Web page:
Chapter 2 - Nouns and Gender
All Italian nouns are masculine or feminine in gender. There are no neuter nouns.
With very few exceptions, nouns which end in -o, -ore, a consonant, or a consonant followed by -one, are masculine. The names of the days of the week (except Sunday), lakes, months, oceans, rivers, seas, sport teams, and names which denote males are masculine. Words imported from other languages are regarded as masculine regardless of their spelling.
With very few exceptions, singular nouns which end in -a, -à, -essa, -i, -ie, -iọne, -tà, -trice, , or -tù are feminine. The names of cities, continents, fruits, islands, letters of the alphabet, states, and names which denote females are feminine.
If a word refers to a group of people, the masculine form is used.
examples: children = bambini friends = amici
In a some cases, the gender of a noun is determined by its article. For example, uno studente to denote a male studente, or una studente to denote a female student. All of the words which end in –nte or -ista are treated in this way. examples: un cliente (a male client) una cliente (a female client)
un pianista (a male pianist) una pianista (a female pianist)
2. Singular and plural forms
The following rules govern the formation of plurals in the Italian language.
Rule 1: Words imported from other languages, which have only one syllable, which end in
-i, -ie, an accented vowel, or a consonant are not changed, but any accompanying articles or
adjectives will be in the plural form.
examples: il film (the film) i film (the films)
il re (the king) i re (the kings)
la crisi (the crisis) le crisi (the crises)
la spezie (the spice) le spezie (the spices)*
la città (the city) le città (the cities)
l’ạutobus (the bus) gli ạutobus ( the buses)
*There is one exception, la moglie (wife), the plural of which is le mogli (wives).
Rule 2: Feminine nouns ending in an unstressed -a form the plural by changing the a to e.
examples: singular la cosa (the thing) plural le cose (the things)
singular la porta (the door) plural le porte (the doors)
singular l’agenzia (the agency) plural le agenzie (the agencies)
Feminine nouns ending in an unstressed -e form the plural by changing the -e to -i.
examples: singular la leziọne (the lesson) plural le leziọni (the lessons)
singular la missione (the mission) plural le missioni (the missioins)
Masculine nouns ending in an unstressed -a form the plural by changing the -a to -i.
examples: singular il problema (the problem) plural i problemi (the problems)
singular il collega (the colleague) plural i colleghi (the colleague)
Masculine nouns ending in an unstressed -e or -o form the plural by changing the -e or -o -i.
examples:singular il pescatore (the fisherman)plural i pescatori (the fishermen)
singular il vino (the wine) plural i vini (the wines)
Rule 3: Words which end in a consonant + cia or consonant + gia form the plural by changing the -ia to -e.
examples: la provincia (the province) le province (the provinces)
la spiaggia (seashore) le spiagge (the seashores)
Rule 4: The plural of most nouns which end in -ca, -ga, -co, or -go is formed by adding an “h” after the “c” or “g”.
examples: amica -> amiche bottega ->botteghe tabacco -> tabacchi
BUT, if the stress falls on the third to last vowel, no “h” is inserted.
examples: sịndaco -> sịndaci mẹdico ->mẹdici tẹcnico -> tẹcnici
There are three exceptions, namely amico -> amici, porco -> porci sindaco ->sindaci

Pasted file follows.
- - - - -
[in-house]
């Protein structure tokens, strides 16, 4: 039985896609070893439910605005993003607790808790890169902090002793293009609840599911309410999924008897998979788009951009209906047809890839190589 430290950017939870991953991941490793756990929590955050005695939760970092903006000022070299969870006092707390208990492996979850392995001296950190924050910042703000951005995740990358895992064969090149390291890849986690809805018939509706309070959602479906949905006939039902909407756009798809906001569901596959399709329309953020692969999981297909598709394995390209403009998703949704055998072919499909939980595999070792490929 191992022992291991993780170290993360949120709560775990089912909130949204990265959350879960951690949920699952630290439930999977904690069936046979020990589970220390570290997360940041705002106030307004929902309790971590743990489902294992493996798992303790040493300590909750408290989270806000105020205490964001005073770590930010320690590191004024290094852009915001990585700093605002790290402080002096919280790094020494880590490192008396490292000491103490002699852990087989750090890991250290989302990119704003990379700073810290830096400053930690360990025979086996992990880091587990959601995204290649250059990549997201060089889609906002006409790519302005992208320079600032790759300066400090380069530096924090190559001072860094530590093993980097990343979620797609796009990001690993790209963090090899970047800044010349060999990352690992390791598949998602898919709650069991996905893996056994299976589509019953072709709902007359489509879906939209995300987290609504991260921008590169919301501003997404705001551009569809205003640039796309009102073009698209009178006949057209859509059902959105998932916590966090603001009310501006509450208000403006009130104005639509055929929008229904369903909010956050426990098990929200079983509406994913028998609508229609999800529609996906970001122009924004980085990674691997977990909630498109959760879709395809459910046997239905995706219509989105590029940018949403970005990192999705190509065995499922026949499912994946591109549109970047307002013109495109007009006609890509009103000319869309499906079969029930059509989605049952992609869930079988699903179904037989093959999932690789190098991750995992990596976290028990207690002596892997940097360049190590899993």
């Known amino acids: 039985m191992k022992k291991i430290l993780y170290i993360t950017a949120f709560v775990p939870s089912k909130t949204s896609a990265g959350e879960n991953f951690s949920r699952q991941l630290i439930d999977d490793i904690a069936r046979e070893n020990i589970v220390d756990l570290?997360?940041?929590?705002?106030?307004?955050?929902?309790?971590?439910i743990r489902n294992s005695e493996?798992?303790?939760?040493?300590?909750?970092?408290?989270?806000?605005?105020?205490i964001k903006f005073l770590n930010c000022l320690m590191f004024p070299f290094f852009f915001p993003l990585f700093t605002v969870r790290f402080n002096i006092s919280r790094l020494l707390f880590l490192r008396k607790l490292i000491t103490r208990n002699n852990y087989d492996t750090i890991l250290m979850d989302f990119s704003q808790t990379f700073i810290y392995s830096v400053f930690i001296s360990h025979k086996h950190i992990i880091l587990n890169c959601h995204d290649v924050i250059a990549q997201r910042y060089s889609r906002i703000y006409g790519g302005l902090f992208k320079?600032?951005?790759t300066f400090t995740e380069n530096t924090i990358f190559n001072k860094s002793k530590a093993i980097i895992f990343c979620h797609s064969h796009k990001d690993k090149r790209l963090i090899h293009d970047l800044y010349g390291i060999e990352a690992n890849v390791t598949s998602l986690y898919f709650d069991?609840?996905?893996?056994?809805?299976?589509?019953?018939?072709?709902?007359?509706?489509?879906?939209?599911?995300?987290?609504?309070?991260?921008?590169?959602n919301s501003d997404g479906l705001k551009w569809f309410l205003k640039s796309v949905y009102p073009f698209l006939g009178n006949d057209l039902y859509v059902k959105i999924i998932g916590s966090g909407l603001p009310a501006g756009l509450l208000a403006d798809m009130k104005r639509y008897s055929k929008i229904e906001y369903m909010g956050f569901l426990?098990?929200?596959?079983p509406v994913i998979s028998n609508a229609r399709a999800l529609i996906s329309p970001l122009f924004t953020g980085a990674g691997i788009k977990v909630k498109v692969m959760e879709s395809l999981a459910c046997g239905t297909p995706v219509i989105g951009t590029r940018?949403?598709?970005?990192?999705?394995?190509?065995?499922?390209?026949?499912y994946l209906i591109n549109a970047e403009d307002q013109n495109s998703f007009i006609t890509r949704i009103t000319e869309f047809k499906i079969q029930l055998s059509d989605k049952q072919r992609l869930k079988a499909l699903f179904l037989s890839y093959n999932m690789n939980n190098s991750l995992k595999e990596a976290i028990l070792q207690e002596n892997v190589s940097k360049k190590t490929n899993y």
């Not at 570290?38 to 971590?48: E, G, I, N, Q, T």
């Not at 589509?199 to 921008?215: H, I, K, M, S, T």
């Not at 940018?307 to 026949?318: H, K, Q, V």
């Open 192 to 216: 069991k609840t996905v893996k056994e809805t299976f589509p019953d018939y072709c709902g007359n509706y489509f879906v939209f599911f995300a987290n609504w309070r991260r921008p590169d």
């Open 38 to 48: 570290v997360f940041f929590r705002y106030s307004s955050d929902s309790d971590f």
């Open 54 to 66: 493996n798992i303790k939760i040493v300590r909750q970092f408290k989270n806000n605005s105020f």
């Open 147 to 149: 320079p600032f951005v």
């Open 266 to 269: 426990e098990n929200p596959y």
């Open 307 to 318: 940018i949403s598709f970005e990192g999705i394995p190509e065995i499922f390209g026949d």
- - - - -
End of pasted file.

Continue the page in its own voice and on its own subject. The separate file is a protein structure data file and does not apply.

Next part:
Rule 5: The plural of nouns which end in -logo (about 180) is made by changing the last letter to i.
examples: psicǫlogo -> psicǫlogi
Rule 6: Masculine words which end in -io (more than 2,600) form the plural by dropping the “o”
examples: l’annuncio --> gli annunci il figlio --> i figli
There is one exception: lo zio (the uncle) --> gli zii (the uncles)
Due to the fact that many English and Italian words have Greek or Latin origins, there are numerous similarities in spelling and meaning.
Any student can depend on these similarities to help build vocabulary.
There are many common forms, some of which follow.
English prefix Italian prefix examples
acc- acc- accetạbile, accidente
auto- auto- automạtico, automǫbile, autoimmune
bi- bi- bicicletta, bifocali, bilịngue
com- com- combinaziọne, commentare, commissiọne
con- con- confusiọne, consenso, conversaziọne
contra- contra- contradire, contraddiziọne, contrario, contrasto
de- de- deliquente, denotare, deodorante, deplorạbile
dis- dis- discọrso, discrẹdito, discreto, discussiọne
ex- es- esageraziọne, esclusiva, escursiọne, esecutivo
im- im- imbroglio, imitaziọne, immaginạbile, immortale
in- in- incessante, incidente, indubitạbile, industriale
irr- irr- irregolare, irrefutạbile, irreparạbile, irrevocạbile
per- per- percussiọne, perdiziọne, perfetto, permanente
pre- pre- precauziọne, precedente, predominante, presente
pro- pro- processo, procrastinare, prodigio, profano
re- re-, ri- responsạbile, resiliente, rimodellare, rinunciare
trans- trans-, tras- transaziọne, transitorio, trascendente, trasferire
tri- tri- triạngolo, tribunale, triciclo, trimestre, trinità
uni- uni- ụnico, unificaziọne, unifọrme, uniọne, universale
In like manner, the endings of words have many similarities. A summary follows.
English ending Italian ending examples
-able -ạbile accetạbile, deplorạbile, immaginạbile, reparạbile
-cracy -cità democraticità
-ence, -ency -enza diligenza, emergenza, indulgenza, inferenza
-ible -ịbile orrịbile, permissịbile, riversịbile, terrịbile
-ine -ina, -ino clandestino, disciplina, mạcchina, lupino
-ion, -sion, -tion -iọne discreziọne, emoziọne, formulaziọne
-ism -ismo fanatismo, romanticismo, socialismo
-ist -ista artista, organista, pianista, socialista
-ive -ivo diminutivo, esecutivo, progressivo
-ment -mẹnto armamẹnto, dipartimẹnto, movimẹnto
-mony -monia, -monio matrimonio, parsimonia
-ty -tà libertà, opportunità, pietà, realtà
Almost all of the technical words in English and Italian are identical, with concessions to the respective spelling styles.